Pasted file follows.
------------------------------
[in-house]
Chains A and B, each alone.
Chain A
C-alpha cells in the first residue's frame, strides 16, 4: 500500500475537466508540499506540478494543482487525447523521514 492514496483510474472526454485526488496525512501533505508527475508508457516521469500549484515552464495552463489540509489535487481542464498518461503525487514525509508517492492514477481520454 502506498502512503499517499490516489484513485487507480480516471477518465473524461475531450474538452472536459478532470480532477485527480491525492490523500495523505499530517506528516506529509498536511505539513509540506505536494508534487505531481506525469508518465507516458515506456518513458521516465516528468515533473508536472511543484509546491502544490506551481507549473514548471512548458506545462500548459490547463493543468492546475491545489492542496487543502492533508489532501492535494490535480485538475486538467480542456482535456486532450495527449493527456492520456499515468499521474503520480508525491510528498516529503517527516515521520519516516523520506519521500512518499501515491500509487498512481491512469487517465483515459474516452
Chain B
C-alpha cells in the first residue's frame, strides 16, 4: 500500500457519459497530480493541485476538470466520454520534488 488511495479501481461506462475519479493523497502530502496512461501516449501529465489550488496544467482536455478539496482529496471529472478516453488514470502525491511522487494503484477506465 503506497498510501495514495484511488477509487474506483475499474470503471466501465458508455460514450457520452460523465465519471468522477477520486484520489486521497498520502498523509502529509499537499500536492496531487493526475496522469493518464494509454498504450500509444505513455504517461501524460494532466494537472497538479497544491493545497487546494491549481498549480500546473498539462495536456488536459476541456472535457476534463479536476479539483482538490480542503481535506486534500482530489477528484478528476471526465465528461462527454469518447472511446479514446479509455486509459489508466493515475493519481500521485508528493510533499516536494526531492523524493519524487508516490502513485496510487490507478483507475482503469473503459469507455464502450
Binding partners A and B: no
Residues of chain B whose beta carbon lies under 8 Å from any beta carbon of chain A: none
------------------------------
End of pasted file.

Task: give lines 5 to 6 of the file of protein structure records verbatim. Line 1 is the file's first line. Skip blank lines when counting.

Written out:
Chain B
C-alpha cells in the first residue's frame, strides 16, 4: 500500500457519459497530480493541485476538470466520454520534488 488511495479501481461506462475519479493523497502530502496512461501516449501529465489550488496544467482536455478539496482529496471529472478516453488514470502525491511522487494503484477506465 503506497498510501495514495484511488477509487474506483475499474470503471466501465458508455460514450457520452460523465465519471468522477477520486484520489486521497498520502498523509502529509499537499500536492496531487493526475496522469493518464494509454498504450500509444505513455504517461501524460494532466494537472497538479497544491493545497487546494491549481498549480500546473498539462495536456488536459476541456472535457476534463479536476479539483482538490480542503481535506486534500482530489477528484478528476471526465465528461462527454469518447472511446479514446479509455486509459489508466493515475493519481500521485508528493510533499516536494526531492523524493519524487508516490502513485496510487490507478483507475482503469473503459469507455464502450